During my treatment sessions I was told I could listen to music and asked what I would like.  “Classical”.  They told me they had a classical tape and I lay back waiting for some soothing Mozart, Schubert or Bach – but no, I was treated to  Sabre Dance – Aram Khachaturian and Johann Strauss Sr. – Radetzky March!  Fortunately the music wasn’t too noisy and blended in with the sounds of the machines whirring around me.

I generally didn’t have to sit too long in the hospital before going into the radiotherapy sessions but when I did, it sometimes helped to chat to others and I discovered all manner of stories about how they came to be there.  On one occasion I sat next to a woman who was travelling from Leicester every day for her course of 15 radiotherapy sessions – sometimes by train but, when she was too exhausted, at others chauffeured by her husband.  She had been diagnosed with Stage 4 pancreatic cancer last February and had been given just 3-4 months to live.  She couldn’t have surgery right away as there were complications with an artery being affected so she had had to endure far too many cycles of chemo and radiotherapy – but there she was, looking good, with a reduced sized lump and more positive prognosis, 8 months later.  We marvelled at how incredible it was to be on the receiving end of state of the art treatment.  But it is not just the destination but the journey there that interests me: the treatment makes you well in the end, but along the way there are many joys that come with it.  On this occasion we watched a little toddling girl with her father who was quite enchanted by the fish in the obligatory waiting-room aquarium. With a bit of help she clambered onto a chair next to me and I couldn’t help but admire the shiny blue patent leather shoes with red and white flowers she was wearing.  “She chose the shoes herself” her proud father explained, “she ran into the shop and bit them”.  I must remember this when I next go shoe shopping.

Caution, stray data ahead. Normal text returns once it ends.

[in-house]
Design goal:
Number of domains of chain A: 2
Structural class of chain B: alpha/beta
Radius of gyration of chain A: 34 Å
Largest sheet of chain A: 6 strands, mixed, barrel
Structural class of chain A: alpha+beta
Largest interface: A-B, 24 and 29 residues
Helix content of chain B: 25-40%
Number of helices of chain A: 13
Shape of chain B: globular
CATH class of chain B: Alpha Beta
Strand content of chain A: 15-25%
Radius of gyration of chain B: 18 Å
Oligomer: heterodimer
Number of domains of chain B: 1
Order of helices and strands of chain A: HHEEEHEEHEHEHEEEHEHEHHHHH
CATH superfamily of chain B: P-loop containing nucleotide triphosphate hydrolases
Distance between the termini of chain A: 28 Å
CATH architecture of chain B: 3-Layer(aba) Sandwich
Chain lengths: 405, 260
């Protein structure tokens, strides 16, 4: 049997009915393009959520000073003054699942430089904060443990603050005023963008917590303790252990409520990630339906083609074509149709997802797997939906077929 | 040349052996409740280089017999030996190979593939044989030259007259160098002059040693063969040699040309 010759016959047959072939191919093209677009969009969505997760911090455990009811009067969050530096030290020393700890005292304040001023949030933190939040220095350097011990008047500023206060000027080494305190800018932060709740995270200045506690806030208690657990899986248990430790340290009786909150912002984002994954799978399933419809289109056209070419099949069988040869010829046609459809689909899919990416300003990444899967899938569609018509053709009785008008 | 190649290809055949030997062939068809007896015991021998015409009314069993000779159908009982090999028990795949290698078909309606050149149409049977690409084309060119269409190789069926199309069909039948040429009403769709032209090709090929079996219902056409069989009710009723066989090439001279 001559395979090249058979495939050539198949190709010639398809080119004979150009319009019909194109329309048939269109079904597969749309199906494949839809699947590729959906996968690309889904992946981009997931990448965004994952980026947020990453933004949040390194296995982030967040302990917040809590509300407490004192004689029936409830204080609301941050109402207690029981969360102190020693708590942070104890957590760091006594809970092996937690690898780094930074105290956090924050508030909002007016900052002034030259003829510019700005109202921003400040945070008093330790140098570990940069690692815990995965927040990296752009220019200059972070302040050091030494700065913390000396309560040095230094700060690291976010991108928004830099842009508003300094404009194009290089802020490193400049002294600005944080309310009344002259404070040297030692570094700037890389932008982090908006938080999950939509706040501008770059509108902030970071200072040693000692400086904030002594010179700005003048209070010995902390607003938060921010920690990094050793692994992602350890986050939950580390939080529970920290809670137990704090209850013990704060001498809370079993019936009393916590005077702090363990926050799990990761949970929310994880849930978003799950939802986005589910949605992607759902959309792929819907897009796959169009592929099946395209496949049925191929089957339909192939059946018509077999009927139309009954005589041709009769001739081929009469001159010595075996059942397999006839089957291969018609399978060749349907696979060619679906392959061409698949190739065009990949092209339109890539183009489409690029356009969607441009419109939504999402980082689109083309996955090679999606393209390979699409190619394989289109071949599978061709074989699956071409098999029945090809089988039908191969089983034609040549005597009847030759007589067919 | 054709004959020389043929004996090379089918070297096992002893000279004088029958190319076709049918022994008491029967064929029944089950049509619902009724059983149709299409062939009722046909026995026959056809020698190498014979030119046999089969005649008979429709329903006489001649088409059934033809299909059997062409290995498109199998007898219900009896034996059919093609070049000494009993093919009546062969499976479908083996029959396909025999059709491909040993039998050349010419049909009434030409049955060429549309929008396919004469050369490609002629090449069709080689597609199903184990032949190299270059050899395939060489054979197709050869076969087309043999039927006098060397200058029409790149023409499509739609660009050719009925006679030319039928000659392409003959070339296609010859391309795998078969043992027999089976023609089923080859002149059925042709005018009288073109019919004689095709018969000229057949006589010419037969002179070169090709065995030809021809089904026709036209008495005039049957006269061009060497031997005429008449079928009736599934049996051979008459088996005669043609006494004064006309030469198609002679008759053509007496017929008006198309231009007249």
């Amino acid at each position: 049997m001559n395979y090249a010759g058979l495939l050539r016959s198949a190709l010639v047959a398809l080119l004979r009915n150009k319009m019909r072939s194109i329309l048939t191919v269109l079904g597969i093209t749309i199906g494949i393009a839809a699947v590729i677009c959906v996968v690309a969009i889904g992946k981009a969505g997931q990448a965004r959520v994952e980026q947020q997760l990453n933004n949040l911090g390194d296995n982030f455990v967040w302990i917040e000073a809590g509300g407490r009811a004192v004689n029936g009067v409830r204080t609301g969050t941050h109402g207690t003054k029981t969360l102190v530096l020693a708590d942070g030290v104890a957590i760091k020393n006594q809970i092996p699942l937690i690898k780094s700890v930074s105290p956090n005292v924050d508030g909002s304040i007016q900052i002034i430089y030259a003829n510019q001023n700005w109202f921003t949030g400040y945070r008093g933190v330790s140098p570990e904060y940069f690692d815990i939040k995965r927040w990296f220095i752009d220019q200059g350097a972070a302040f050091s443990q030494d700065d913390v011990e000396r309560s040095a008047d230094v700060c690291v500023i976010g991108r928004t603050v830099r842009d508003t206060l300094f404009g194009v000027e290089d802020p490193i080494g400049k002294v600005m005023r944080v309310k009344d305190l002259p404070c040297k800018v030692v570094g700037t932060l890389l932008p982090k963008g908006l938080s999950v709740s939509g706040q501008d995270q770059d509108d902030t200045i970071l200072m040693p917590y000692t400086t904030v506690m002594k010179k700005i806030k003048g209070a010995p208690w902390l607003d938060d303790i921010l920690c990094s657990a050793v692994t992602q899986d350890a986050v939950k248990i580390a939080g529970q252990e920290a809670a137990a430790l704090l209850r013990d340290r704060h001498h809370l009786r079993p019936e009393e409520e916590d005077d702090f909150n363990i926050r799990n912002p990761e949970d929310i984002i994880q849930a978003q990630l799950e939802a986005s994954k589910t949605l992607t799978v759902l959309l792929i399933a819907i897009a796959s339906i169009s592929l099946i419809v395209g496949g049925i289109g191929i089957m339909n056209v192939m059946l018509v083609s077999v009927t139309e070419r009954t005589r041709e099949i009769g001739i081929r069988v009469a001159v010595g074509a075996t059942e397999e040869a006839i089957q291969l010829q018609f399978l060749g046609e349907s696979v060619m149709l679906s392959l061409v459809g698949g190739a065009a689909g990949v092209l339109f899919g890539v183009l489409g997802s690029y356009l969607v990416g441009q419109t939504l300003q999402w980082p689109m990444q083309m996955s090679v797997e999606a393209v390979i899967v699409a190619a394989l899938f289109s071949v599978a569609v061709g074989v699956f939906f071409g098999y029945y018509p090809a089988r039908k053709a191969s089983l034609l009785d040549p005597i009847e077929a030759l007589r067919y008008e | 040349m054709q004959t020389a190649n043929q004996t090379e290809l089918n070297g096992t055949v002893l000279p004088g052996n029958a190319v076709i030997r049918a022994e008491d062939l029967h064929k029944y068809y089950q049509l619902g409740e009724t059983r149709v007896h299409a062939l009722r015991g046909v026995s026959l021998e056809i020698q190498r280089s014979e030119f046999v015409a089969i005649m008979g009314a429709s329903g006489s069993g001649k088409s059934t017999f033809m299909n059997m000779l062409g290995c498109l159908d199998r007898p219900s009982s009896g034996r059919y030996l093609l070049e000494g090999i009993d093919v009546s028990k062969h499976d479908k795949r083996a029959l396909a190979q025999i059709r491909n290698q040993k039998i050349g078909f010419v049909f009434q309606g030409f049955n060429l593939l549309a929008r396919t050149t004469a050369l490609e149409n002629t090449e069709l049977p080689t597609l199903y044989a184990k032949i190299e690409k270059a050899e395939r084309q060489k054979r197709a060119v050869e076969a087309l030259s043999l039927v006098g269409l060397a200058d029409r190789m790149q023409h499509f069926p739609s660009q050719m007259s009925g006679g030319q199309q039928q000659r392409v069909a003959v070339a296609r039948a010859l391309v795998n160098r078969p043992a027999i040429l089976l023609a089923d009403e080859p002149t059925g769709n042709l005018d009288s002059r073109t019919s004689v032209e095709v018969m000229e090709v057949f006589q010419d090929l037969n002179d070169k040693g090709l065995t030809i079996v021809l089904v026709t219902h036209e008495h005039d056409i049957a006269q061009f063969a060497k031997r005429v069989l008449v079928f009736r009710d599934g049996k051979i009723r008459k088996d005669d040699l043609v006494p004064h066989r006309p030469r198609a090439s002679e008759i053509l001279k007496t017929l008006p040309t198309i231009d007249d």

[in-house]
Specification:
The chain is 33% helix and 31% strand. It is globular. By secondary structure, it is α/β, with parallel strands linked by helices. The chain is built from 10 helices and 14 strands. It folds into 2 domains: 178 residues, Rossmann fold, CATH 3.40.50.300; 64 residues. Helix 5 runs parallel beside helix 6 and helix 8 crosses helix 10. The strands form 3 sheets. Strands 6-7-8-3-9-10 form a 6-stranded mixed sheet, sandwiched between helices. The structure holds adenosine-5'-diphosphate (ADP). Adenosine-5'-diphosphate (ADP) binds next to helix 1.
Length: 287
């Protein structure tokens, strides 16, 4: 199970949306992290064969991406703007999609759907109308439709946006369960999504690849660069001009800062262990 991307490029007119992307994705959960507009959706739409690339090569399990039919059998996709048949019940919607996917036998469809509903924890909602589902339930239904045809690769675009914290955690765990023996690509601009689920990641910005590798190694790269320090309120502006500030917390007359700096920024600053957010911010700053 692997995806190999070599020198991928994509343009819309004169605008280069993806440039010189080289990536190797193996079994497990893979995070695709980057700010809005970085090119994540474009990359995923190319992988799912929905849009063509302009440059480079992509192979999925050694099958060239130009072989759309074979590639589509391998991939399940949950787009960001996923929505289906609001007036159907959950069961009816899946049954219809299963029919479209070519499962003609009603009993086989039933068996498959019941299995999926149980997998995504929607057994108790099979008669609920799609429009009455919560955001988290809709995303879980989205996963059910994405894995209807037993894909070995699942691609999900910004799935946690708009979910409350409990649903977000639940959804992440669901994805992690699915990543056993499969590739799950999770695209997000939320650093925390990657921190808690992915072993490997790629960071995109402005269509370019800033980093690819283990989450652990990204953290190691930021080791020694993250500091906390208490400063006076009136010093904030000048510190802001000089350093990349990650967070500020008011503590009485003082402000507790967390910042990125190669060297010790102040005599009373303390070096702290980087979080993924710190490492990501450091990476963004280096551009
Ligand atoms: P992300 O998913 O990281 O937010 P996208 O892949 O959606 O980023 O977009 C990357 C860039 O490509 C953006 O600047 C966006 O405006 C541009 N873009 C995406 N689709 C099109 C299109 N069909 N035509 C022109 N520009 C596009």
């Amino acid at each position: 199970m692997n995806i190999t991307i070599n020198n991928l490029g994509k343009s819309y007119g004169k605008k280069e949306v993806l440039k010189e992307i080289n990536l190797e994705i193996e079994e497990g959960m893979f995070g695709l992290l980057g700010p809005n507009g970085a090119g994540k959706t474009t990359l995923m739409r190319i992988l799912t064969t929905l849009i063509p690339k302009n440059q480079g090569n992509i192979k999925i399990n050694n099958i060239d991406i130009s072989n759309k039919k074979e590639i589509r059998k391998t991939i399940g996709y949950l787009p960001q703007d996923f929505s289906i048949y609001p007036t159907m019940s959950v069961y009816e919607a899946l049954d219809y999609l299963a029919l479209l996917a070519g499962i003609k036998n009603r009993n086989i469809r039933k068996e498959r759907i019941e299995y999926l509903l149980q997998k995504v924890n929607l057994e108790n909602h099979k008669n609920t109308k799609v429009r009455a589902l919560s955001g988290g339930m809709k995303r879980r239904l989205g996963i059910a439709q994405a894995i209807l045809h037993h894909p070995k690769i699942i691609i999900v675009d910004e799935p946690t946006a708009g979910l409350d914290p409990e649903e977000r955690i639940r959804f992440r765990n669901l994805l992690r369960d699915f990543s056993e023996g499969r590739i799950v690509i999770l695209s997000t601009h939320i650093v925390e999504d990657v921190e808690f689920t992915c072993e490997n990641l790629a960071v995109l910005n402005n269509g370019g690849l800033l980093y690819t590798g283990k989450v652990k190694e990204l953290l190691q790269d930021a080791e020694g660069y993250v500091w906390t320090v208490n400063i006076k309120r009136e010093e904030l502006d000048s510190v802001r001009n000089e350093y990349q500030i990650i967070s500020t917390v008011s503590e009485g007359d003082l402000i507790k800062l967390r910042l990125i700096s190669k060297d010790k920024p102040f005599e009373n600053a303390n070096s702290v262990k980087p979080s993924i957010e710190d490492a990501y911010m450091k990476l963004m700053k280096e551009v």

Afterwards

So far (four days after the treatment has finished) I don’t believe I’ve felt any side-effects from the radiotherapy, though I have been warned that the radiation effects are cumulative and it will continue to destroy cells after I’ve finished my treatment.  In a few days I'm likely to start feeling exhausted and in a bit of pain (as if I've got severe sunburn). I’ve been religiously using moisturising cream on my breast to help manage the burns / blisters that I’ll probably get, and also keeping myself active but resting when I feel tired. I've a telephone appointment next week with a nurse to follow up on my progress.  Wondering how tired I'll be then and whether I'll drop off to sleep mid-sentence.  I stupidly clicked a Facebook button and found myself signed up to raise money for Breast Cancer Now by walking 100 miles in October. Probably overambitious and stupid, but I did it all the same and I know that walking is a very good way of getting exercise, it also helps with fatigue and might help keep some of the aches from the oestrogen-suppressing hormone I’m on at bay. By the day after my final radiotherapy session I’d walked nearly nineteen miles and felt exhausted but somewhat smug. Time for some Charlotte a La Mousse de Marrons?